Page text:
If outsourced to the right retrieval company, this process can cut costs in case preparation.  In-house staff will be available to support the preparation of cases rather than shuffling through boxes of papers.

The organized records are then scanned, Bates-numbered and uploaded to an electronic on line data base available to clients 24/7.  Electronic records eliminate the costs associated with shipping paper records to various offices and medical Experts.  Access is immediate when time is of the essence.  In today’s mobile world, being able to access and read case records and work products after office hours or while commuting is vital.  The records can also be downloaded and saved to a secure location for off-line viewing.

This service should not require an additional software purchase by the firm.  Ideally the firm can utilize an existing universal electronic platform provided.  Be aware that some retrieval companies charge access, “per click” or archiving fees to law firms so the costs can add up quickly.  Be sure to select a company that provides this access as a value-added service.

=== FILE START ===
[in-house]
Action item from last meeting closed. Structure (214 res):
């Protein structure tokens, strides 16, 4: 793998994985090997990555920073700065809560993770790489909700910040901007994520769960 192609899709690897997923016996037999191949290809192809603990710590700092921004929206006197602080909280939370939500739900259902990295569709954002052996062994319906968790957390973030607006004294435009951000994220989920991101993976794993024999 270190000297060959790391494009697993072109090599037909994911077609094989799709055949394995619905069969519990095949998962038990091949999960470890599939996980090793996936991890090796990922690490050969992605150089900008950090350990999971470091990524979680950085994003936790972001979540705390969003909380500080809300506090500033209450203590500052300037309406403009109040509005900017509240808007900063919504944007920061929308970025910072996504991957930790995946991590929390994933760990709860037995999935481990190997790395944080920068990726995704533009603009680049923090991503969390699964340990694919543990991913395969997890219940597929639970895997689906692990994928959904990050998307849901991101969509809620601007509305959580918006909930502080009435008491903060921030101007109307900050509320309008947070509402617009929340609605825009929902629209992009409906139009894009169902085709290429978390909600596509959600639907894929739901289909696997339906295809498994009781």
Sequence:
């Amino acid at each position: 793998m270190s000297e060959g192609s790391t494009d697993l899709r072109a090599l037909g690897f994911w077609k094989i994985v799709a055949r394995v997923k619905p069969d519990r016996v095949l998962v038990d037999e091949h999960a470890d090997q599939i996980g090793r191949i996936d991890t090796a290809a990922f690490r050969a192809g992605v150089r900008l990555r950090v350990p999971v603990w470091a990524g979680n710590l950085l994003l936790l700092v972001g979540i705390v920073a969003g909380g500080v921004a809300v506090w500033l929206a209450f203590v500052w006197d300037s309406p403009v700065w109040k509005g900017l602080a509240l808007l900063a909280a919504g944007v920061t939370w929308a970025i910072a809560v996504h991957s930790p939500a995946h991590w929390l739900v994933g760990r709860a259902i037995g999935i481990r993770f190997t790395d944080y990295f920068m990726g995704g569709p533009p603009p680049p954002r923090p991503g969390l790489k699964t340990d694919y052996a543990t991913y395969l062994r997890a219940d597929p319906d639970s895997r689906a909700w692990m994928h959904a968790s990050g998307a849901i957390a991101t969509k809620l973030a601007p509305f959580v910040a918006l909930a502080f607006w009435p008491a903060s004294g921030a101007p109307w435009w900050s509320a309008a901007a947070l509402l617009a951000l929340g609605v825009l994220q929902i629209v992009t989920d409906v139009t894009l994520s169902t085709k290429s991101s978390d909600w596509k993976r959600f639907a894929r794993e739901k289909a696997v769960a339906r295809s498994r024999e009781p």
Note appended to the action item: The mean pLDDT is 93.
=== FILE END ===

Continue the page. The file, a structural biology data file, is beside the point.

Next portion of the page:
Updated and Edited: September 2015 by Catherine Beasley, MS, BSN, LNCC
Peg Crowell, MS, RN, APRN-BC, LNCC. Originally printed December, 2005

Announcing: Litigation Management Series

Law firms involved in product liability cases must be well-versed in legal principles and must also be extremely organized to avoid spending needless time and money in the litigation process.  No matter on what side of the litigation table you sit, preparation is the key to successful resolution.

Complex aggregate torts, such as product liability involving thousands of cases, can quickly become an organizational challenge.  Partnering with the right organization for assistance with aggregate torts is an effective way for firms to increase internal flexibility, leverage resources, and improve cost-effectiveness.

The difficulty arises in selecting the right organization for the job.  In the coming weeks, we will explore popular areas within the legal industry for utilization of external consultants, as well as ground-breaking areas which you may not have considered.  We will provide you with some effective ways to identify internal workloads that can be eased through utilization of external resources, discuss the qualities of organizations that are likely to result in effective partnerships, and share some pointers that will help you avoid some common pitfalls in the process of engaging with external consultants.

Join us next week for the first installment in this series.


Updated and Edited: September 21, 2015 by Catherine Beasley, MS, BSN, LNCC
Peg Crowell, MS, RN, APRN-BC, LNCC. Originally printed December, 2005